Tag Archives: Mandate

The Mandate And The Cost Of Insurance

Let’s set aside the debate on whether or not the mandate represents a penalty or a tax.  In many ways, it doesn’t matter; the bill was made law, the law was challenged and the law remains the law.

A question occurred to me as I was watering failing to save my flowers Saturday:

Given that individuals are offered the choice of purchasing health insurance or paying a penalty, and that penalty is paid to the federal government of the United States, what will this do to health insurance premiums?

The answer is, of course, “Insurance premiums will go up.”

Individuals will make a value based decision on whether or not to purchase insurance or pay the penalty/tax.  The problem comes into play when you consider that the organization making the determination, and receiving the money, of how much that penalty/tax will be is NOT the same organization that is required to insure people who decide not to purchase insurance.

In short, the insurance company has to cover uninsured individuals while the government keeps the penalty/tax.  What this means to the insurance companies is that they have to cover uninsured people for free.  And since coverage of medical costs isn’t really free, they will have to raise the rates of everyone to cover those costs.  As those costs rise, more and more Americans will conduct value propositions and conclude that purchasing insurance isn’t worth it.

And costs will rise.

And costs will rise.

And costs will rise.

Food And Medical Care

During the hearing of Obamacare, the news was full of analysis.  One of those pieces, in the “USA Today”, made a point that food is more of a basic need to people than healthcare:

A brief submitted by 215 economists argues that food is even more basic to survival than health care…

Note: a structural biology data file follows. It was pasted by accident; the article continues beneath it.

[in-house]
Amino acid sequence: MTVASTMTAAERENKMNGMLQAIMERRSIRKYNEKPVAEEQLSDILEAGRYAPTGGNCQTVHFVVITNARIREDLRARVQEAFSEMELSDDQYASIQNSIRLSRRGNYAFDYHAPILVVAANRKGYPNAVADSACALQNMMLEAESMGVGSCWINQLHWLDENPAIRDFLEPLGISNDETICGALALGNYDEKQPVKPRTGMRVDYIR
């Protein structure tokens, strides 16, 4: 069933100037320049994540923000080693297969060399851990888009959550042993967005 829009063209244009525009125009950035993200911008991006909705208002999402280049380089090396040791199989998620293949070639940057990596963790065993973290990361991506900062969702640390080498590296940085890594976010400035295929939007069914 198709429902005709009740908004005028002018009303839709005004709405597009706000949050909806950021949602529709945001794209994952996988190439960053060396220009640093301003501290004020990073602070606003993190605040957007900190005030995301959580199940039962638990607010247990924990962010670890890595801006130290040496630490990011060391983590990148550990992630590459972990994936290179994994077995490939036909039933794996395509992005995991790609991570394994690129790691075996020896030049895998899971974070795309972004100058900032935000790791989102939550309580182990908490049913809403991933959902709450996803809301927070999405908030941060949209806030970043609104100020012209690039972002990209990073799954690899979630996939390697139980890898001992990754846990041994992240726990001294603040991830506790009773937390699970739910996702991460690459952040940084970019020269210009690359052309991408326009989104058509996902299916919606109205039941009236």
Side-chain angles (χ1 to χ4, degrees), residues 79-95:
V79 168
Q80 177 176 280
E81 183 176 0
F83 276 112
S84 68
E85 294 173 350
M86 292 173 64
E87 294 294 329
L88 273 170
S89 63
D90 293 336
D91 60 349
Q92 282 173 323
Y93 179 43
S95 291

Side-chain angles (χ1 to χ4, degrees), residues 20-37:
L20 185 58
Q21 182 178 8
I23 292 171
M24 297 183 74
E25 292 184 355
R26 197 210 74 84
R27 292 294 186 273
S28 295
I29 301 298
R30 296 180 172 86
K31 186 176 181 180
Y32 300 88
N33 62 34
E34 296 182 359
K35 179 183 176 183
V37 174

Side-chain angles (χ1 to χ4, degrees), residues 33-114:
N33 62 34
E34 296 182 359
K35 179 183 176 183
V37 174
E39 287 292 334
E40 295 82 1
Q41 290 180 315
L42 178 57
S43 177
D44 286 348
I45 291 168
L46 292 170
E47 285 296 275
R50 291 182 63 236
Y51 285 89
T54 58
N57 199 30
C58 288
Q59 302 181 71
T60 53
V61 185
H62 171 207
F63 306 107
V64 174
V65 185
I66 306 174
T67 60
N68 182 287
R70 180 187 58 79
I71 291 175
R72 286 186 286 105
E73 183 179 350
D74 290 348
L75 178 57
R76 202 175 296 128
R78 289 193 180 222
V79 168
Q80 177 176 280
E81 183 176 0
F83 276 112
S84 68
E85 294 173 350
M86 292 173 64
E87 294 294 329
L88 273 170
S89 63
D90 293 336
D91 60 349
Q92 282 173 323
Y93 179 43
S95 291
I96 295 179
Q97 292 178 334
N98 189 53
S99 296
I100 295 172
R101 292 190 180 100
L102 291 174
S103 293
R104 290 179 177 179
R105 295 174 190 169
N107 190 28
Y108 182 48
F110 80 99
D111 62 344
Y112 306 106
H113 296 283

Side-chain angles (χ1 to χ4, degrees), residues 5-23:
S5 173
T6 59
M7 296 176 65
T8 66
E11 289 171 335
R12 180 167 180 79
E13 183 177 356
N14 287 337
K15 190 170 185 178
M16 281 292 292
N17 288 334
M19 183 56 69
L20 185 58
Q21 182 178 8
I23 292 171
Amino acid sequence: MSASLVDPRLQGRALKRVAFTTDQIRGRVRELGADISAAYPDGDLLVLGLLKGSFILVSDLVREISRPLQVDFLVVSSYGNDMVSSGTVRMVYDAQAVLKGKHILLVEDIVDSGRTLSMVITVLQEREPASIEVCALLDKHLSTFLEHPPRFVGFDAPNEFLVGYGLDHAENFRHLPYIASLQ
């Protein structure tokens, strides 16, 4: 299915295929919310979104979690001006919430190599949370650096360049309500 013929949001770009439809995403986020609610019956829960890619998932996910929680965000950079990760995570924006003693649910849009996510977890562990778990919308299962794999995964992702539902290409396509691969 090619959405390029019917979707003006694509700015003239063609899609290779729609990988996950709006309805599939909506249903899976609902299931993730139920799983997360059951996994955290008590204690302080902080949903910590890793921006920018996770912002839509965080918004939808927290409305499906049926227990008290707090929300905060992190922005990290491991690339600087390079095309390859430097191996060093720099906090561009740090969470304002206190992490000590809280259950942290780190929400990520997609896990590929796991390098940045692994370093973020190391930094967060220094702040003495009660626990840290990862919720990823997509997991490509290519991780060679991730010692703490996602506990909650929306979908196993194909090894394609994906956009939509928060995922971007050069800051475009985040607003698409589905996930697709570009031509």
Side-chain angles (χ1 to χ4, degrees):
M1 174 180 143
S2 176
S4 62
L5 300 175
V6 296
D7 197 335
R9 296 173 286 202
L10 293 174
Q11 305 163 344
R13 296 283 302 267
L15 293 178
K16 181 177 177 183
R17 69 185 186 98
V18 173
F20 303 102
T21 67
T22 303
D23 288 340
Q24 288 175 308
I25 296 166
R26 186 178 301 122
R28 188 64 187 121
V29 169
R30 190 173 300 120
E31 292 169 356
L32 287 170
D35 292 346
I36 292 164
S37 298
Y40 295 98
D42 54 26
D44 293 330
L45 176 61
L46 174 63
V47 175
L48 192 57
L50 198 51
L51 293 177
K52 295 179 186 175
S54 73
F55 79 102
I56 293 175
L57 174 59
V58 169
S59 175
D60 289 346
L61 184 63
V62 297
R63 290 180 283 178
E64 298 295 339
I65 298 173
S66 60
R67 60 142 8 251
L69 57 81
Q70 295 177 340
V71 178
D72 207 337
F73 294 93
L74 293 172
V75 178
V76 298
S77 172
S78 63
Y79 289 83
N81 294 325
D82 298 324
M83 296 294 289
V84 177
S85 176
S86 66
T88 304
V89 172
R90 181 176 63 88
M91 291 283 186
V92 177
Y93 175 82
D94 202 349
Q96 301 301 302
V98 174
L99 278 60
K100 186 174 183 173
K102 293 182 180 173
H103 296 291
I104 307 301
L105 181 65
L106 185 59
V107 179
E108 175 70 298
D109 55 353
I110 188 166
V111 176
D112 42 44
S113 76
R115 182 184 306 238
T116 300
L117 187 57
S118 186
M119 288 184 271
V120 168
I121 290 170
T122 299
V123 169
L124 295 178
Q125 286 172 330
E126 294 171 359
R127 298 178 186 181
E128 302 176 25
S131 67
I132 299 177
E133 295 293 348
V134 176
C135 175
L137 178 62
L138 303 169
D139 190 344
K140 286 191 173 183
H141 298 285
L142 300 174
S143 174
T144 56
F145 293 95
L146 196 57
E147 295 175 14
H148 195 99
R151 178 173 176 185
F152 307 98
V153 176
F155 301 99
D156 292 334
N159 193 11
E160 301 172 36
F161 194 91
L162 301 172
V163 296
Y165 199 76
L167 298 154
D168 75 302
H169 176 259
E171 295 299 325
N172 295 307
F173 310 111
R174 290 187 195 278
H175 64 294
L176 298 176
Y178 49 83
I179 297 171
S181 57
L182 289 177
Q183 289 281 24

I was struck by this last night as I was cleaning out some of my “stack” in my office last night.

See, the food delivery market, while not perfectly so, is a free market example of how goods can be distributed efficiently.  Based on demand and the profit motive, food stuffs are delivered to a literal market where individual shoppers are allowed to “ration” themselves based, in part, by how much money they have and what types of services they want.

For example, in my market I can by generic chicken soup, Ramen noodles and rice.  Or, I can walk 50 feet away and purchase hand rolled sushi, fillet mignon, $60 wine and lobster.

As a real example of the power of markets I picked up this flier:

For $5, this profit driven market is offering a meal that feeds 4 people, perhaps more if the kids are younger.

If medical care were subject to the same market forces you would see the same thing happen with the cost of medical care.  In the same way, if you allowed health insurance to be impacted by the same market forces, you would see prices of health insurance react in the same manner.

It’s only when government intercedes, by mandating acupuncture coverage, or by restricting the sale of insurance polices across state lines, that you see the price of a good or service go up.

Government Mandates

For those of us who support the government intervening in the insurance market only to make things more expensive to make things better for everyone, I have a question:

If you support the government forcing Americans to buy insurance AND you support the government forcing insurance companies to offer free birth control, why don’t you support the government requiring people to purchase fresh fruit AND support the government forcing insurance companies to offer free broccoli?

Jesus Was A Socialist

I see these from time to time.  Mostly on Facebook, sometimes in comments.  The gist is that Republicans are seen as Christians.  Christians, well, we have our Jesus.  And the theory is that if our Jesus commanded that we take care of the poor and the sick, why are we so against things like Obamacare and Medicaid?

Usually the point is made through a drawing, picture or cartoon:

I’m not so tender and fragile that I don’t find humor in this.  And the point is not lost on me either.  We SHOULD work to make the world better for all of those in it; especially those who are least able to do this for themselves.

That’s where the point kinda ends though.  See, the idea that because Jesus would have us do a thing out of love and goodwill is vastly different that thinking we should create a government mandate to require that same activity.

For example, Jesus also commands us to pray like this:

Our Father, who art in heaven, hallowed by Thy Name…..

No one seriously feels that we should pass a law that says all of us should pray the Lord’s Prayer.  Additionally, Jesus commands us to:

Go, baptize all the nations.

In a similar manner, no one thinks that we should pass legislation requiring all US citizens go and get baptized.

My reaction to these cute and witty injections is usually to take the  message to heart, laugh, think of my friend on Facebook who posted it that I haven’t seen in 20 years and move on.  Sometimes I need to comment.

Hat Tip: Gette